News behind the news. This picture is me (white spot) standing on the bridge connecting European and North American tectonic plates. It is located in the Reykjanes area of Iceland. By-the-way, this is a color picture.
On Friday, One America News reported that some election battleground states are taking steps to avoid voter fraud in next year’s election. Obviously there are a number of types of voter fraud. Some states have passed laws requiring a photo identification to prove that voters are who they say they are. The current efforts are to combat electronic fraud.
The article reports:
A leg of the Department of Homeland Security recently announced its soon to be partnership with election officials and non-profit VotingWorks that would audit votes in 2020. Ballot box officers say the purpose is to prevent possible hacks and watch for faulty voting machines.
Battleground states, such as Pennsylvania and Ohio, have already embraced a voter monitoring tool known as Arlo. Four other states have reportedly adopted the tool as well. The VotingWorks sponsored tool is free for state and local election leaders, and would double-check all votes cast.
Arlo is a web-based app that uses a security method called “risk-limiting audit.” During this process, a small percentage of the paper ballots are taken at random to check if they match what the machines recorded. Although the method is simple, many places don’t use them reportedly because many states use direct electronic voting machines, which eradicates all paper trails.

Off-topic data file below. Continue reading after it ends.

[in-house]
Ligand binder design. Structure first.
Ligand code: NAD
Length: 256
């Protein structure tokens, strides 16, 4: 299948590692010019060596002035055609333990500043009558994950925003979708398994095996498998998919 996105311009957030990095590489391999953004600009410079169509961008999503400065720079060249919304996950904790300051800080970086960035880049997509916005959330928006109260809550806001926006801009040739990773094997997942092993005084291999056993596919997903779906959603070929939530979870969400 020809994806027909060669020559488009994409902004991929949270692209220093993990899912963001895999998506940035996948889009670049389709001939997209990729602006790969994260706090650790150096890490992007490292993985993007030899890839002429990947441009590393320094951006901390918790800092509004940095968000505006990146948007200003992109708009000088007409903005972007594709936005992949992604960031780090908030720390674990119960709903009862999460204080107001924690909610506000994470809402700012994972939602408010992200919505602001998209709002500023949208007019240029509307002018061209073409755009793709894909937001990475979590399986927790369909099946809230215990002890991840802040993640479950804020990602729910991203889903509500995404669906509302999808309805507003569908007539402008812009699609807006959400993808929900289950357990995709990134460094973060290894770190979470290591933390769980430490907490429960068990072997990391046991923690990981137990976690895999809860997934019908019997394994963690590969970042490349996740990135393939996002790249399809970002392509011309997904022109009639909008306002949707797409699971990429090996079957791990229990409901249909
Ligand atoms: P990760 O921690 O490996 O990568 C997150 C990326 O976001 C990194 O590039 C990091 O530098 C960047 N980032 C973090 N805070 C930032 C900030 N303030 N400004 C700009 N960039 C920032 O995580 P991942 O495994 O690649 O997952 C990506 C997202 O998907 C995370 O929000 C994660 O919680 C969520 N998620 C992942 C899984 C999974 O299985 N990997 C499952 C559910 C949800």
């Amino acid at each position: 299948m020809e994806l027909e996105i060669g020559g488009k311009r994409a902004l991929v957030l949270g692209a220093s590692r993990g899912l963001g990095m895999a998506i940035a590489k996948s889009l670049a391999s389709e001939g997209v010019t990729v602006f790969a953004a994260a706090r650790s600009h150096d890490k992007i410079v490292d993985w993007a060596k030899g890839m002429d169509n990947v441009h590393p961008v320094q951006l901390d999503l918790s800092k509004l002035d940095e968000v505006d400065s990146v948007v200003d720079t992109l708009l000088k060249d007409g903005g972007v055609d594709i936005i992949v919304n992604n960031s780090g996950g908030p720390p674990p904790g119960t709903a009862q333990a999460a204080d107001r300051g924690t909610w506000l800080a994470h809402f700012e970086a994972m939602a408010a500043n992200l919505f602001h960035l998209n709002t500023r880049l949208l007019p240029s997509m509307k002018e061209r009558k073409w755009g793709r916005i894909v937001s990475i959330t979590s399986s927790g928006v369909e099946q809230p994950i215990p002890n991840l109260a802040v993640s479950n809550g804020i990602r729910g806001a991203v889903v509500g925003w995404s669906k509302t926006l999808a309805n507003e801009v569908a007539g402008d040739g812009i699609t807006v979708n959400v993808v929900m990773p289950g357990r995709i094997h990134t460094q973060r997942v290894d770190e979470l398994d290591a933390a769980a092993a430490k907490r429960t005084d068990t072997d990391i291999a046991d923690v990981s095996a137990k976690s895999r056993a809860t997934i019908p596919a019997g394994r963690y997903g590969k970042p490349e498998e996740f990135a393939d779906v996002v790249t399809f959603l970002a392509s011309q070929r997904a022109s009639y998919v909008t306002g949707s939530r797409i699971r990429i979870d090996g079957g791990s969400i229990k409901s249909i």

This is a really good idea. We need to make sure our elections are honest. Voter fraud is a problem. Various voter integrity groups have found multiple examples of illegal registrations in various states in recent years. Voter identity requirements and spot audits are ways to assure Americans that their votes count and are not being cancelled out by illegal votes or electronic shenanigans.
Going back to paper ballots may strike many people, as it used to strike me, as retrograde. Isn’t it a lot faster to count electronic votes? Isn’t there a danger that paper ballots can be altered, defaced, and burned? Isn’t electronic voting cooler and more up to date?
As I have stated before, technical things mystify me. However, it does seem to me that having a paper record to verify voting totals is a good idea. It may not be necessary to go back to counting paper ballots by hand if we can scan them by machine and have the physical ballots to verify the totals.
The article concludes:
The fact is that sacrificing a bit of speed for reliability is probably a good trade. The strongest argument for paper ballots is that they can’t be hacked. The second strongest is that there is an independent record of each ballot cast, which some computerized systems lack.
It may take a long time to count ballots in some states where they include many offices and ballot propositions, but people can wait. And recounts of paper ballots can result in disputes over hanging chads and the like, but these are difficulties our republic has been handling for over 200 years. My vote is for paper ballots.
Yesterday I posted some audio from the Michael Savage radio show about a Spanish company that will be counting the votes in the 2012 election. I had no backup for the story, but also had no reason to doubt that it was true. Today I found the backup.